Assistant Curate, Mariama Ifode-Blease, questions what the Easter story means for our daily lives.
If I wasn’t first an educator and second a priest, I would probably be a ninja. Not so much the assassin part but the gathering of intelligence and being a disputer bit, working (one would hope) for the forces of good, seeking truth and trying to hold the lawless and unjust to account. Of course, ninjas, I have been reliably informed, belong more to medieval Japan than modern day London. So being part of an elite fighting force in this day and age could be tricky. That and the fact that I would probably need to give up my love and near-daily consumption of crisps.
I spent a lot of time when I was working in secondary education helping young people to plan their next steps. To figure out not what they were going to do for the rest of their lives, but to try to imagine what they could, and indeed what they would love to, be doing in the immediate years following their GCSEs or A levels. What we do and who we are, though different, can of course be inextricably linked. What we find after Holy Week is that we have been asked to do an awful lot in seven days, and the questions that follow move us more towards what we are as a result of what we have done, what we have seen and heard.
It is a bit of strange week after the resurrection, as it must have been when it actually happened 2,000 plus years ago. Everyone involved in church, helping to make this feast and celebration, is exhausted after Holy Week, and so too must have been Jesus’s first disciples, men and women (here I must stress that women were always there, front and centre). We have all been taken on an emotional roller-coaster, which in fact continues with the empty tomb. Death cannot hold us; death cannot hold love. We are free because of this. We are free to share this Good News with the world.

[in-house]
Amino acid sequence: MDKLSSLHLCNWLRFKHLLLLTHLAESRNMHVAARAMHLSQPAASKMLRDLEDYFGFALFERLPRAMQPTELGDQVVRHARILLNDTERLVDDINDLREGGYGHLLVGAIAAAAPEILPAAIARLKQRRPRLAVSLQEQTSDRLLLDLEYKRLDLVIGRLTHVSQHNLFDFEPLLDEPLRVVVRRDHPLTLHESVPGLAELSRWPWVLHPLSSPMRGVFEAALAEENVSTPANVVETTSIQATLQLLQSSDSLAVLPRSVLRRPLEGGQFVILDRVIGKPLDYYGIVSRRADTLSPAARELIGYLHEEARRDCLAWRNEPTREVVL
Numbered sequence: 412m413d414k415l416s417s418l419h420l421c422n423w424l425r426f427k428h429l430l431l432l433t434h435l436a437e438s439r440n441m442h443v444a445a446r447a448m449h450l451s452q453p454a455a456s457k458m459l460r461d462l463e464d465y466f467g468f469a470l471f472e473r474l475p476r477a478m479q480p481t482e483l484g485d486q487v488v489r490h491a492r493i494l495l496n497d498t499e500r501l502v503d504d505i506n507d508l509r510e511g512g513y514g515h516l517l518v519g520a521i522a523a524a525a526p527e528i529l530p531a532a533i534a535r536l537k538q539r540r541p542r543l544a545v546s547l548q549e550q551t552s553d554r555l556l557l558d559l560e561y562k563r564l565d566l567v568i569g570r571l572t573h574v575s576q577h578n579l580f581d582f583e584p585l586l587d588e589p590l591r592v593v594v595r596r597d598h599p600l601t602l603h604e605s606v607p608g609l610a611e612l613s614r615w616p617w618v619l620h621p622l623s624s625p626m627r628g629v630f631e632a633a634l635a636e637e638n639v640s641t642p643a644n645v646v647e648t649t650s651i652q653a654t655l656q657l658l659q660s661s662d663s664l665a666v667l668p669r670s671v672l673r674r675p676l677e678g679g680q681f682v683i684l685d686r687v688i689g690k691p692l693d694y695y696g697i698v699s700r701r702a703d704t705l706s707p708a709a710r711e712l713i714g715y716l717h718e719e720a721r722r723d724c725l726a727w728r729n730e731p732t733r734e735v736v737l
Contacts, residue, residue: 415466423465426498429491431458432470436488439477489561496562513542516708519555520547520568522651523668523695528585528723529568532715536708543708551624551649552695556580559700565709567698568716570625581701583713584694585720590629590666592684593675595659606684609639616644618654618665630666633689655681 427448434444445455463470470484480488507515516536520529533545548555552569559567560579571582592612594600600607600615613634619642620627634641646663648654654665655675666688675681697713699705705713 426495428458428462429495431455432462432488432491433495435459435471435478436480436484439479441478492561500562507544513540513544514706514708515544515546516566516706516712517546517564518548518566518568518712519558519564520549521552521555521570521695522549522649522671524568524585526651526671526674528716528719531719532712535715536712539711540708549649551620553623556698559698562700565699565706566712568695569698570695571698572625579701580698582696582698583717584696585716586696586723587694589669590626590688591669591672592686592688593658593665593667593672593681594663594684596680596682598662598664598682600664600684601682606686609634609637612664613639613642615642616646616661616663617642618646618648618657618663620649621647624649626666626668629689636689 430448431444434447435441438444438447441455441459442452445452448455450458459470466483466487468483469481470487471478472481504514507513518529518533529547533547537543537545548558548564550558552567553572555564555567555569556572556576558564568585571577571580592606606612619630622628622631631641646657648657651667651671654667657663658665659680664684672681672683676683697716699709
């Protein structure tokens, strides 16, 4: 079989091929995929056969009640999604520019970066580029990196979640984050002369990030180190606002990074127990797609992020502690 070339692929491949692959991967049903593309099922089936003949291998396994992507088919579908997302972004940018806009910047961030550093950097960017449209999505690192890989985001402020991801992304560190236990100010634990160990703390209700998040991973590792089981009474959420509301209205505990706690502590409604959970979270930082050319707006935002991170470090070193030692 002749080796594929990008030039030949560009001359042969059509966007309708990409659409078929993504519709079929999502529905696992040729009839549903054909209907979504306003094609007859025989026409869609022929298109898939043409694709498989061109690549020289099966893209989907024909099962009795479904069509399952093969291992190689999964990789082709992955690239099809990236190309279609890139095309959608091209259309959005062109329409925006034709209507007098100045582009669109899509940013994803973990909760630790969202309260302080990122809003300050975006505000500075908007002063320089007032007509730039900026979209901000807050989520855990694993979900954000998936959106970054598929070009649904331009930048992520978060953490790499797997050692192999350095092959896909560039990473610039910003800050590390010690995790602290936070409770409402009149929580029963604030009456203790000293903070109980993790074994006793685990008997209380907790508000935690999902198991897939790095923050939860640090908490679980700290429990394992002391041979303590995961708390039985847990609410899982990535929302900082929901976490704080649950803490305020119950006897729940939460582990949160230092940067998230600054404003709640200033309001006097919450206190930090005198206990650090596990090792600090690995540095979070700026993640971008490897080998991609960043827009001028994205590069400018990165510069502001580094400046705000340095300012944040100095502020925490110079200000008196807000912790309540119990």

How then can we reconcile that sense of liberation with those who have lost loved ones, homes and their livelihoods in the floods in the eastern South African province of KwaZulu-Natal? Or with the continued and relentless attacks on the Ukraine and its people? Or with the challenge of trying to understand the rather incomprehensible policies of the Home Office? Resurrection doesn’t make the world peaceful, or equitable, but it makes these things possible. It gives us a very, very good start for the work we are called to do and the people we are called to be.
And herein, of course, lies the quandary. What exactly is it that we are called to be? I’ve been thinking a lot about calling in over the past few weeks, about how we live out that inner voice that asks us to be our authentic self, and about how the world doesn’t often give us room to listen, and test vocation. From the latin vocatio (summons), emerging from vocare (to call), that itself being from vox, (voice), we find ourselves pulled towards figuring out what we sound like when we move and live and have our being in God. Vocation, like resurrection has to be life giving. It can’t just been something that is experienced by proxy or voyeuristically.
There is so much work that needs to be done in terms of bringing this fact of liberation to bear on the systems and structures that we experience, live with, and indeed live through. Whatever stuff we do now has to be done in the light of the resurrection. That ‘stuff’ will be different for each and every one of us. Whether that is being a good and loving friend, partner, relative, parent, being a positive and affirming colleague at work, excelling as an athlete or creative, leading an organisation or a team, supporting community initiatives, or being part of a national campaign. There is so much of the world, of our society, and in our communities, that do not yet know the freedom and potential that has been given to us by an empty tomb. If anything, resurrection is and can be invigorating because it gives us permission to get closer to our vocation, to our fullest selves, to the movements and life-giving decisions that bring us back to love. If we have not been transformed by the resurrection, or the thought of it, that’s ok, because there is still time. Resurrection is for life, not just for Easter.